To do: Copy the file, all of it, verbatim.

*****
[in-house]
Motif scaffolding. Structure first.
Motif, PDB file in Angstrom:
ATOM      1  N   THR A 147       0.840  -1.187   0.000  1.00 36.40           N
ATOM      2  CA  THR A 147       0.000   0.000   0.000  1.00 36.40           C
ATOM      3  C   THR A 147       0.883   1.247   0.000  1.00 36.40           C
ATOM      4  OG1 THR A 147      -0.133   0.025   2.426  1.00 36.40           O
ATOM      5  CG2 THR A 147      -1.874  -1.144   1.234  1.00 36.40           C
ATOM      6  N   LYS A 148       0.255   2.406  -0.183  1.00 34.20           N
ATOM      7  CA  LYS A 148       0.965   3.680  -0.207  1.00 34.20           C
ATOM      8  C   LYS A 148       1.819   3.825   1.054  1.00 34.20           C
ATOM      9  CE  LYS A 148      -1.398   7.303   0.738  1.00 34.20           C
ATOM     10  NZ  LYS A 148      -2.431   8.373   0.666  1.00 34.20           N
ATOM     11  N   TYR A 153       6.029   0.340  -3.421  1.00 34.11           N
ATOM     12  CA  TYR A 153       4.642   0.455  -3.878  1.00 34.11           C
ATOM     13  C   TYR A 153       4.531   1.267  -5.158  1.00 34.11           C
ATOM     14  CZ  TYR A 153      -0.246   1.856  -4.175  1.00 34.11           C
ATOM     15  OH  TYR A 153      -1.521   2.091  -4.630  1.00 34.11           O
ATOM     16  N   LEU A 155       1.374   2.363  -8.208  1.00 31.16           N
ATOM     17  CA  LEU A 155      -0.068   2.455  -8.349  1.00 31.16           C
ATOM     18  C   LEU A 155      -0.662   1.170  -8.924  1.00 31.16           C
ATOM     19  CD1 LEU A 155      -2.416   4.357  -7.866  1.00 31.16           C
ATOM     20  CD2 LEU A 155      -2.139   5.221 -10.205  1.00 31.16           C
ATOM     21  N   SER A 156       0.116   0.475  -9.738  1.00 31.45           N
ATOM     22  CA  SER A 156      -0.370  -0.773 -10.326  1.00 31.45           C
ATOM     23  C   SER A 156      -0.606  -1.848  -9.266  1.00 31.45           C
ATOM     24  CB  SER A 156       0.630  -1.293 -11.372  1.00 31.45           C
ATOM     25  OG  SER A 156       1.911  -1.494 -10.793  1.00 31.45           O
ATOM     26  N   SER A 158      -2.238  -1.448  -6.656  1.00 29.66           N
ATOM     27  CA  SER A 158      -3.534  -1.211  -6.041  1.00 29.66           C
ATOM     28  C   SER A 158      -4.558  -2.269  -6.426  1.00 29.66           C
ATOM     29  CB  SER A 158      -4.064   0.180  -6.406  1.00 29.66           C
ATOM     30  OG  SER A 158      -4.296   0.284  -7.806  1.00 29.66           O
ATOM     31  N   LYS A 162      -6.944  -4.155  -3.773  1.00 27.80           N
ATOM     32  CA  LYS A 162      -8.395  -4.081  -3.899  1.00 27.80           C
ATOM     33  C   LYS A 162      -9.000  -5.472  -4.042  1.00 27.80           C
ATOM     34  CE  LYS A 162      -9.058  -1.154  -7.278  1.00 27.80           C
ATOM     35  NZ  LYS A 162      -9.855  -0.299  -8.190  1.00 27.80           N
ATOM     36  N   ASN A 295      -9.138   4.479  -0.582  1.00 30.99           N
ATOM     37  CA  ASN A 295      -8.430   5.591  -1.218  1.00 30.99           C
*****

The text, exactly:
[in-house]
Motif scaffolding. Structure first.
Motif, PDB file in Angstrom:
ATOM      1  N   THR A 147       0.840  -1.187   0.000  1.00 36.40           N
ATOM      2  CA  THR A 147       0.000   0.000   0.000  1.00 36.40           C
ATOM      3  C   THR A 147       0.883   1.247   0.000  1.00 36.40           C
ATOM      4  OG1 THR A 147      -0.133   0.025   2.426  1.00 36.40           O
ATOM      5  CG2 THR A 147      -1.874  -1.144   1.234  1.00 36.40           C
ATOM      6  N   LYS A 148       0.255   2.406  -0.183  1.00 34.20           N
ATOM      7  CA  LYS A 148       0.965   3.680  -0.207  1.00 34.20           C
ATOM      8  C   LYS A 148       1.819   3.825   1.054  1.00 34.20           C
ATOM      9  CE  LYS A 148      -1.398   7.303   0.738  1.00 34.20           C
ATOM     10  NZ  LYS A 148      -2.431   8.373   0.666  1.00 34.20           N
ATOM     11  N   TYR A 153       6.029   0.340  -3.421  1.00 34.11           N
ATOM     12  CA  TYR A 153       4.642   0.455  -3.878  1.00 34.11           C
ATOM     13  C   TYR A 153       4.531   1.267  -5.158  1.00 34.11           C
ATOM     14  CZ  TYR A 153      -0.246   1.856  -4.175  1.00 34.11           C
ATOM     15  OH  TYR A 153      -1.521   2.091  -4.630  1.00 34.11           O
ATOM     16  N   LEU A 155       1.374   2.363  -8.208  1.00 31.16           N
ATOM     17  CA  LEU A 155      -0.068   2.455  -8.349  1.00 31.16           C
ATOM     18  C   LEU A 155      -0.662   1.170  -8.924  1.00 31.16           C
ATOM     19  CD1 LEU A 155      -2.416   4.357  -7.866  1.00 31.16           C
ATOM     20  CD2 LEU A 155      -2.139   5.221 -10.205  1.00 31.16           C
ATOM     21  N   SER A 156       0.116   0.475  -9.738  1.00 31.45           N
ATOM     22  CA  SER A 156      -0.370  -0.773 -10.326  1.00 31.45           C
ATOM     23  C   SER A 156      -0.606  -1.848  -9.266  1.00 31.45           C
ATOM     24  CB  SER A 156       0.630  -1.293 -11.372  1.00 31.45           C
ATOM     25  OG  SER A 156       1.911  -1.494 -10.793  1.00 31.45           O
ATOM     26  N   SER A 158      -2.238  -1.448  -6.656  1.00 29.66           N
ATOM     27  CA  SER A 158      -3.534  -1.211  -6.041  1.00 29.66           C
ATOM     28  C   SER A 158      -4.558  -2.269  -6.426  1.00 29.66           C
ATOM     29  CB  SER A 158      -4.064   0.180  -6.406  1.00 29.66           C
ATOM     30  OG  SER A 158      -4.296   0.284  -7.806  1.00 29.66           O
ATOM     31  N   LYS A 162      -6.944  -4.155  -3.773  1.00 27.80           N
ATOM     32  CA  LYS A 162      -8.395  -4.081  -3.899  1.00 27.80           C
ATOM     33  C   LYS A 162      -9.000  -5.472  -4.042  1.00 27.80           C
ATOM     34  CE  LYS A 162      -9.058  -1.154  -7.278  1.00 27.80           C
ATOM     35  NZ  LYS A 162      -9.855  -0.299  -8.190  1.00 27.80           N
ATOM     36  N   ASN A 295      -9.138   4.479  -0.582  1.00 30.99           N
ATOM     37  CA  ASN A 295      -8.430   5.591  -1.218  1.00 30.99           C